An object having a reflecting surface, such as a mirror 21, is fixed to the upper surface of the upper part 18 of the bracket. If the bracket is made of a material such as aluminum, the upper surface 18 may be polished to form the mirror 21. Also, if the bracket material is a plastic material, a thin vacuum deposited film of metal on the plastic surface could form the reflecting surface, mirror 21.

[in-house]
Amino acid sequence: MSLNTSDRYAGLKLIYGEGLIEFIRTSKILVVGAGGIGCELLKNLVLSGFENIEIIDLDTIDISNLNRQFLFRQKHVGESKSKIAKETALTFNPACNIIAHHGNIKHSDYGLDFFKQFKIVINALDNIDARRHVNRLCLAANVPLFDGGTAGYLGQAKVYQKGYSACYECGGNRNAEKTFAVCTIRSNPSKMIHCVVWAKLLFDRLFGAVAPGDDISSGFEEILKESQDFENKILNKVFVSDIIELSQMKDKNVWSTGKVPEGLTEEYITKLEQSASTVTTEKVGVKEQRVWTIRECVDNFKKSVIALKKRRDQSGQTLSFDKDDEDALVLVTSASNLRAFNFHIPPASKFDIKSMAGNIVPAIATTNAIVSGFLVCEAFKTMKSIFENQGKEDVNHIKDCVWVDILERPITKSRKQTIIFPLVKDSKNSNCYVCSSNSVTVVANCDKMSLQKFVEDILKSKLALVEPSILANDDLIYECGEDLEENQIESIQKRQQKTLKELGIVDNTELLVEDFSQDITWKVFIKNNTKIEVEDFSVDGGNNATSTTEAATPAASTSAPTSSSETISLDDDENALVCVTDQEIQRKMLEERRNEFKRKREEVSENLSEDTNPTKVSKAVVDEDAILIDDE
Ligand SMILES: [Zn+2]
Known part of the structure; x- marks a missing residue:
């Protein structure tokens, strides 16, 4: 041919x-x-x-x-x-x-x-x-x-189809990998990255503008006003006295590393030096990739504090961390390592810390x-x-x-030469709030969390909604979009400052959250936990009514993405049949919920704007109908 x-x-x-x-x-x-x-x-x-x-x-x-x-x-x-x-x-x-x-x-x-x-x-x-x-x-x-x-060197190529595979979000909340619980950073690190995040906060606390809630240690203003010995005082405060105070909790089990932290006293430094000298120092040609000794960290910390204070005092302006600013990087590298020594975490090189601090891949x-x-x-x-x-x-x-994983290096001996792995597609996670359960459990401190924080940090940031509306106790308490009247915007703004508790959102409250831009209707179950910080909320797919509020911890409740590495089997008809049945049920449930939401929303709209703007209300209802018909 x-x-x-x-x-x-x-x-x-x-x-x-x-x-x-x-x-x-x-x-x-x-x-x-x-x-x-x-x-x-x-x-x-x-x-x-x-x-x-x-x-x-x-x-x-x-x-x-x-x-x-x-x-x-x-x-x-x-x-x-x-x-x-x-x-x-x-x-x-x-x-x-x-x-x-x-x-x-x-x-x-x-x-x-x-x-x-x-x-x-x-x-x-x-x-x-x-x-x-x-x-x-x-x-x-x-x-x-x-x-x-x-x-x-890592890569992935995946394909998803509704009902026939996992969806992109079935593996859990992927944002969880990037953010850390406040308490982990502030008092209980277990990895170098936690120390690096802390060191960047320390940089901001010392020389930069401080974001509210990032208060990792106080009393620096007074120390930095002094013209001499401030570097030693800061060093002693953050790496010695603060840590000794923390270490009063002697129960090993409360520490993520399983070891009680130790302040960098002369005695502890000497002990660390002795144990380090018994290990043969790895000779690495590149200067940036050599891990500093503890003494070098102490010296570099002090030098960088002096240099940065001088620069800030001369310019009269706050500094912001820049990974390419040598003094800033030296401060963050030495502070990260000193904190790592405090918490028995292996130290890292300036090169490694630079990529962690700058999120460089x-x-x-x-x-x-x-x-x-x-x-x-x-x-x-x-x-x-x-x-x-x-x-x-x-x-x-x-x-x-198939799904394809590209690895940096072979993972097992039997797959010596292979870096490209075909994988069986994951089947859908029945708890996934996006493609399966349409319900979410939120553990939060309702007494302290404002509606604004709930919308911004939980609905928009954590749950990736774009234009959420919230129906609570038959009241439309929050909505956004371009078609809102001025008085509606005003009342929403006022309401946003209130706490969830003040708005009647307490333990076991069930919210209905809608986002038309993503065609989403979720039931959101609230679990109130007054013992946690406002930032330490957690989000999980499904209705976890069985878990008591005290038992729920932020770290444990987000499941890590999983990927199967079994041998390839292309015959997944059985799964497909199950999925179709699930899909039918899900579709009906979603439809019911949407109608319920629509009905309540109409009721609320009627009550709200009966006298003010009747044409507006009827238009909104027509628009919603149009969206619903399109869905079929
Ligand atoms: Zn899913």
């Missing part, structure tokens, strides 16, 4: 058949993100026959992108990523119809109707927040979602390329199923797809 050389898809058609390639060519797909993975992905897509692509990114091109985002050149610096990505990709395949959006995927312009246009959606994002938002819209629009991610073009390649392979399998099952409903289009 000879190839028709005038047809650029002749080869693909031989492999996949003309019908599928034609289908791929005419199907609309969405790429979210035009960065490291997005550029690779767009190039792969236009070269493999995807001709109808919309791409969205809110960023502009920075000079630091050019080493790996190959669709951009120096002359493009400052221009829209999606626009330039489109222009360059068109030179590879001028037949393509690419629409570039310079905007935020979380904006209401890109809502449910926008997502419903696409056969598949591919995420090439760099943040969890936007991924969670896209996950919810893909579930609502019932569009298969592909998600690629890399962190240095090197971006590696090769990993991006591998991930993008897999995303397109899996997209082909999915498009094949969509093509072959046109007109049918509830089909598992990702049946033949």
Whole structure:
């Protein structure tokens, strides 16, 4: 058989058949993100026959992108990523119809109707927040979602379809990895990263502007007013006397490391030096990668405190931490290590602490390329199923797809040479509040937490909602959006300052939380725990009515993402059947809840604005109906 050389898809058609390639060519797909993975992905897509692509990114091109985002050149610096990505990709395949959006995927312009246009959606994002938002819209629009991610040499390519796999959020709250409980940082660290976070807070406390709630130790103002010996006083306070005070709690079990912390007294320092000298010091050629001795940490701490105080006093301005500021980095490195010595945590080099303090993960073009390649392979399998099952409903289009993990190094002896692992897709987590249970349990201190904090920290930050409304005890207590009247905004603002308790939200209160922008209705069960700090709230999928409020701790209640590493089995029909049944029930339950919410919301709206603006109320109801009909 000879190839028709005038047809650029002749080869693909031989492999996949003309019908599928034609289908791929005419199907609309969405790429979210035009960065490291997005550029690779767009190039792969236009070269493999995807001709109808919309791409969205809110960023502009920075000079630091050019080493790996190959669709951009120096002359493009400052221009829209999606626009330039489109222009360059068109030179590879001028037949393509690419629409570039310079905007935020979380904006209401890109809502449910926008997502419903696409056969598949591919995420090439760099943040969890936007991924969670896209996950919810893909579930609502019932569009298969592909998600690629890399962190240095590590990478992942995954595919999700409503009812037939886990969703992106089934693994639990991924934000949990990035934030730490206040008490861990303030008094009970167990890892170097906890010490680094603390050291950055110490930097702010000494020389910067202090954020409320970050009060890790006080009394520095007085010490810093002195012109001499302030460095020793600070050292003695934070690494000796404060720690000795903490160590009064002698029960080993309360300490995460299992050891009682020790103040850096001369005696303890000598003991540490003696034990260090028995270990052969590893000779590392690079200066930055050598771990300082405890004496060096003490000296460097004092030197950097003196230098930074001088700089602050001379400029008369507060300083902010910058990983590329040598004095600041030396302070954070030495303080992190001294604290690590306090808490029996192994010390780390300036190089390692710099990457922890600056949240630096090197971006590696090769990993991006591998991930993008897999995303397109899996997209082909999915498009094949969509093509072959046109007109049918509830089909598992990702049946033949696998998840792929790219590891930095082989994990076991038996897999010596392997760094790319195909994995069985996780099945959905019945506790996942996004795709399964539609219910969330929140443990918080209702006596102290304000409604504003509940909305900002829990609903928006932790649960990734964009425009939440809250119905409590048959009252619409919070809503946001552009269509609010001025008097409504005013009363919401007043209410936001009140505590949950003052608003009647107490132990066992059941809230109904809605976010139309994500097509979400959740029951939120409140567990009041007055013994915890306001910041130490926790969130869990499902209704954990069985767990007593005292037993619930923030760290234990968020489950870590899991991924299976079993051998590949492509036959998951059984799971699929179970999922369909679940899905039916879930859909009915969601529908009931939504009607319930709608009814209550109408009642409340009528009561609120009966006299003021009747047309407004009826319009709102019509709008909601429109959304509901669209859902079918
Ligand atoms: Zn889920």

A relatively stiff pile material formed with hooks, such as a hooked Velcro material 22 is adhered to the outer surface of the lower part 20 of the bracket 16 and is adapted to adhesively engage a napped pile Velcro material 24 that has been previously fixed to the head 12 of the club 14. The napped pile Velcro material 24 comprises a plurality of loops 26 of threaded material on a backing of fabric 28, such as nylon. An adhesive 30 such as rubber or plastic cement, for example, is placed on the back of the f; bric backing 28 to secure the mapped pile Velcro material 24- to the head 12 of the golf club 14. The hooked Velcro material 22 also extends from a fabric backing 32 which, in turn, is secured to the bracket 16 by any suitable adhesive 30, such as rubber or plastic cement, for example. The hooked Velcro material 22 and the mapped pile Velcro material 24 are used and described herein as an example of detachably interlocking adhesive materials. Other detachably interlocking adhesive materials, such as adhesive tapes, may also be employed to secure the bracket 16 to the head 12 of the club 14.